Traders, businessmen, African slavers and slaves each had a unique experience and involvement in the business of the transatlantic slave trade. This lucrative process, that lasted between 1500 to 1870 AD included three different hemispheres: Europe, Africa, and the Americas, specifically Jamaica.
In Africa slavery existed long before European exposure, however, over time the motivation for slavery changed. Originally slavery existed because of the expanding of African territories or the need to pay off debts. Europeans, during their attempts to make a shorter trade route to India and Asia, encountered the African custom and adopted it. Therefore, the Europeans filled their pockets with goods from West Coast Africa, including human cargo. Those persons who were captured were auctioned to other Europeans in Western Africa, and then shipped to European colonial lands including Jamaica. The slaves were then put to work on a plantation-based colony, whose goods were sent back to its mother country. The triangular system perpetuated the demand for slaves by Europeans in order to increase their country’s wealth. Throughout all of the shipping of goods, including human cargo, individual people were involved in the evolution of the transatlantic trade. The main focus of this paper is to see the overall dynamics of the system, and involvement of individuals and countries, like Jamaica. The evolution and immersion of the transatlantic slave trade not only strengthened capitalism for individuals and their countries, but in turn it weakened Africa and Jamaica by making it dependent economically on outside nations.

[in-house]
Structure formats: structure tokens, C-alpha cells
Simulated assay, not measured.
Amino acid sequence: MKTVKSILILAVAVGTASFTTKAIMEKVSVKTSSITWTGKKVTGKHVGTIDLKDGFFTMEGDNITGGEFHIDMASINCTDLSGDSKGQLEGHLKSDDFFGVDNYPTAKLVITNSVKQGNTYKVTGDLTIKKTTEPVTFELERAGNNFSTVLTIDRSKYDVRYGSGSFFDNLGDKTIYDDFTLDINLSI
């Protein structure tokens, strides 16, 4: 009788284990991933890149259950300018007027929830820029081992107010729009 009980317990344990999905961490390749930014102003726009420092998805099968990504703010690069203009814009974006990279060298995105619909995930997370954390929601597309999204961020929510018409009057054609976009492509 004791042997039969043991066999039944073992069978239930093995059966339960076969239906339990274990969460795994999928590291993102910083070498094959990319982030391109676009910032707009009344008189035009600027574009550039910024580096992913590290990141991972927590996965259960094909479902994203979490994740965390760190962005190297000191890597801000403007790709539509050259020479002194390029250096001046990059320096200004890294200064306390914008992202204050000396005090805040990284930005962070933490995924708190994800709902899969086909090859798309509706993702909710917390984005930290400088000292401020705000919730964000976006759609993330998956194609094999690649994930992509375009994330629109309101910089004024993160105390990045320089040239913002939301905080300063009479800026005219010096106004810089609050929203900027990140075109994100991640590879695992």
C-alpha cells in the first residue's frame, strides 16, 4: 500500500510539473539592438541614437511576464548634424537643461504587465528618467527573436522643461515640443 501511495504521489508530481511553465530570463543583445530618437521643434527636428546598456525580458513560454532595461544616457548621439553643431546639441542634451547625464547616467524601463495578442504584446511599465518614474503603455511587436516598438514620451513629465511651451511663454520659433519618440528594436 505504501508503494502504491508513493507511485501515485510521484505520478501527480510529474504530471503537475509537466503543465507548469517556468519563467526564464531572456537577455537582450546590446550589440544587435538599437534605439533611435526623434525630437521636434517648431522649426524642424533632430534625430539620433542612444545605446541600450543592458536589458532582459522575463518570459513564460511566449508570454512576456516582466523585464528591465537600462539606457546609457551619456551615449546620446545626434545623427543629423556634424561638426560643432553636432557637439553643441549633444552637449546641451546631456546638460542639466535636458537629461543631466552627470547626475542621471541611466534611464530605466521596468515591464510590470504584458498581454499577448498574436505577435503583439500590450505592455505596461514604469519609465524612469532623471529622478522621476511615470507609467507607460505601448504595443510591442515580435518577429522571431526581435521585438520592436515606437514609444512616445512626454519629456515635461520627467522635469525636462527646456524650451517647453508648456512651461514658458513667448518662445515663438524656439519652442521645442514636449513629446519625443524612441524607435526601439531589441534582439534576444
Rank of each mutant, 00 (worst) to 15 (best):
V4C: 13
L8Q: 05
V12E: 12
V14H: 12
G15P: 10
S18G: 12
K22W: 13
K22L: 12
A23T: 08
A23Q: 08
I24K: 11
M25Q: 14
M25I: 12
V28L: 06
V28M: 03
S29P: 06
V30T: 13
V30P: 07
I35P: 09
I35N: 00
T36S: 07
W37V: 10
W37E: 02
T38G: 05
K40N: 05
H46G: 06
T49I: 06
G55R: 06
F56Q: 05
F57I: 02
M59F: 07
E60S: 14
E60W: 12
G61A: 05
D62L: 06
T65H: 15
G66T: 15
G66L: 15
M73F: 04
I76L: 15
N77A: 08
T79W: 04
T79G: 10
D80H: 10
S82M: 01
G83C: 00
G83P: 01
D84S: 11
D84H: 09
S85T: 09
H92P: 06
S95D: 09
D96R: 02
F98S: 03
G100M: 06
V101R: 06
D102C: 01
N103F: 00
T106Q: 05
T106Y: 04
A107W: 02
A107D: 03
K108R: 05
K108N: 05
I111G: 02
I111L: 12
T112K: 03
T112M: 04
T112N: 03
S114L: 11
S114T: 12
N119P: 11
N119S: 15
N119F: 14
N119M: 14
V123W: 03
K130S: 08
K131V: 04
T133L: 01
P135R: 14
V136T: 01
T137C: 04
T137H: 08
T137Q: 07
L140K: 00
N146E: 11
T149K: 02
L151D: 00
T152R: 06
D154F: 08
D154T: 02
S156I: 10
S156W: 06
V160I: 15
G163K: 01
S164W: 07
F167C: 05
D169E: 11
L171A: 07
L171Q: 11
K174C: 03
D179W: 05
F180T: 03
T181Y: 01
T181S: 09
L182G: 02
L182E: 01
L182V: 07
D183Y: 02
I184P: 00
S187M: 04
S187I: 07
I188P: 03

The slave trade in Africa began long before the introduction of Europeans. Africa...
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